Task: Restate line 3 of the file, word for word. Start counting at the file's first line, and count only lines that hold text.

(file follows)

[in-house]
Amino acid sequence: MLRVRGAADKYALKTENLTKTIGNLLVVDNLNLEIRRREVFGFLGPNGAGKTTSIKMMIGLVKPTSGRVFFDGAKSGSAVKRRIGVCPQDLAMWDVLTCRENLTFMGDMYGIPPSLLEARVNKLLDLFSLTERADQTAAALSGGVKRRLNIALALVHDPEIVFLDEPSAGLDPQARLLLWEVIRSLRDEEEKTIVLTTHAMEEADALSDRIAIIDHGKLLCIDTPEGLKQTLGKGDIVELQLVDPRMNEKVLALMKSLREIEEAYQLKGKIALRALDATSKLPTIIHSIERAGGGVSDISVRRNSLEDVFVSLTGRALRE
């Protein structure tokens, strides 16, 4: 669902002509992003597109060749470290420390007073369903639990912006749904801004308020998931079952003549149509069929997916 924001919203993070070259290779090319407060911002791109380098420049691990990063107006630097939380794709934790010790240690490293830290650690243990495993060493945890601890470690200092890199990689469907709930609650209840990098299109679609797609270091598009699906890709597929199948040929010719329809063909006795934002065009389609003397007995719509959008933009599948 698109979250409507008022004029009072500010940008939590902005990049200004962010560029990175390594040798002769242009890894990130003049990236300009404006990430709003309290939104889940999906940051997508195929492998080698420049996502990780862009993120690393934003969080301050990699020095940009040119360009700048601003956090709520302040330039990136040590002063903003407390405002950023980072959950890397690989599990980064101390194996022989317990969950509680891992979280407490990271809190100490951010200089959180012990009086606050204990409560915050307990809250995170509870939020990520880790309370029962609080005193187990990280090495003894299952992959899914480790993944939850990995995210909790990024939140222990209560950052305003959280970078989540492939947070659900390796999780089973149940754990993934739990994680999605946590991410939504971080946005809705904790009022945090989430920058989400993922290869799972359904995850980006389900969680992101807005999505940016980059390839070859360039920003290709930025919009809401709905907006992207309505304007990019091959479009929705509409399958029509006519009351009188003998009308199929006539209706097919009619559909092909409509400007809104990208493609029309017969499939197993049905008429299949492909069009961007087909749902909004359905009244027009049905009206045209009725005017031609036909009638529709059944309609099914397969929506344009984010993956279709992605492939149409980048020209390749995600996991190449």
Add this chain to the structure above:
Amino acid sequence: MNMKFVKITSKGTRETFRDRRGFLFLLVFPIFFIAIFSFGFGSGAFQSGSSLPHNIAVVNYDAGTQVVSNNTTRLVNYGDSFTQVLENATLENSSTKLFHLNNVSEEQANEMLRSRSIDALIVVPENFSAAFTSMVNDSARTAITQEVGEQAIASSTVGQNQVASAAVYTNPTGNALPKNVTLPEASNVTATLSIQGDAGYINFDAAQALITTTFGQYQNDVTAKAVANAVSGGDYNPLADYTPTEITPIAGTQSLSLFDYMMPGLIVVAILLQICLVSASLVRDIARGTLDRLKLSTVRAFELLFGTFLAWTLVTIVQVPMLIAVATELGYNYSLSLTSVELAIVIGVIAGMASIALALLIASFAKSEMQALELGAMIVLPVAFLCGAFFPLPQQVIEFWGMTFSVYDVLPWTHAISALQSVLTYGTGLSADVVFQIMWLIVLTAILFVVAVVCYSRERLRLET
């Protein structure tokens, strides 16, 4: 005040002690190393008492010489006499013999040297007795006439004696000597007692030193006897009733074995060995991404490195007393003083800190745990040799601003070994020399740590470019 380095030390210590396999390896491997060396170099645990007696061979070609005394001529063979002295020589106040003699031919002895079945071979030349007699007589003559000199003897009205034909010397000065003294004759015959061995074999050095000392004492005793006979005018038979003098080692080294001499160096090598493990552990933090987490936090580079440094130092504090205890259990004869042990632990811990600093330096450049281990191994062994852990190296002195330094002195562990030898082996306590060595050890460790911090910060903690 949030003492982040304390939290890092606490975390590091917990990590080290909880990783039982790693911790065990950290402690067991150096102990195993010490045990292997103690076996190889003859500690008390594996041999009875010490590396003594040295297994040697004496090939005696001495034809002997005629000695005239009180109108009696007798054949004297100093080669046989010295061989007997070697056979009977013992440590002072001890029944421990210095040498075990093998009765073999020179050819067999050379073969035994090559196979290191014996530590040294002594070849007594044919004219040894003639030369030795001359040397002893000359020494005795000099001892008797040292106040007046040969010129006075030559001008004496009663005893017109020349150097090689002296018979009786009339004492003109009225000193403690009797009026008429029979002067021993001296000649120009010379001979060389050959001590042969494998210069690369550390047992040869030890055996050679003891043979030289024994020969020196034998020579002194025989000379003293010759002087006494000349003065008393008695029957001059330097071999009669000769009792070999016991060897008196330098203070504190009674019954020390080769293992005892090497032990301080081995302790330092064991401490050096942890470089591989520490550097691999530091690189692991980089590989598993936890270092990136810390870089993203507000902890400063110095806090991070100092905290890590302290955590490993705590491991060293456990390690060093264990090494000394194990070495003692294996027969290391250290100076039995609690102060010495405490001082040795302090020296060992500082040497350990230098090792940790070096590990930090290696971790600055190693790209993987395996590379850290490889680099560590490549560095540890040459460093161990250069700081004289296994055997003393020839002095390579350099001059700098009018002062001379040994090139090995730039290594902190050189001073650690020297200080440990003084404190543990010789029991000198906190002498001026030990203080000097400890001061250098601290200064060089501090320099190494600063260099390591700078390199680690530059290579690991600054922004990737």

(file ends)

């Protein structure tokens, strides 16, 4: 669902002509992003597109060749470290420390007073369903639990912006749904801004308020998931079952003549149509069929997916 924001919203993070070259290779090319407060911002791109380098420049691990990063107006630097939380794709934790010790240690490293830290650690243990495993060493945890601890470690200092890199990689469907709930609650209840990098299109679609797609270091598009699906890709597929199948040929010719329809063909006795934002065009389609003397007995719509959008933009599948 698109979250409507008022004029009072500010940008939590902005990049200004962010560029990175390594040798002769242009890894990130003049990236300009404006990430709003309290939104889940999906940051997508195929492998080698420049996502990780862009993120690393934003969080301050990699020095940009040119360009700048601003956090709520302040330039990136040590002063903003407390405002950023980072959950890397690989599990980064101390194996022989317990969950509680891992979280407490990271809190100490951010200089959180012990009086606050204990409560915050307990809250995170509870939020990520880790309370029962609080005193187990990280090495003894299952992959899914480790993944939850990995995210909790990024939140222990209560950052305003959280970078989540492939947070659900390796999780089973149940754990993934739990994680999605946590991410939504971080946005809705904790009022945090989430920058989400993922290869799972359904995850980006389900969680992101807005999505940016980059390839070859360039920003290709930025919009809401709905907006992207309505304007990019091959479009929705509409399958029509006519009351009188003998009308199929006539209706097919009619559909092909409509400007809104990208493609029309017969499939197993049905008429299949492909069009961007087909749902909004359905009244027009049905009206045209009725005017031609036909009638529709059944309609099914397969929506344009984010993956279709992605492939149409980048020209390749995600996991190449």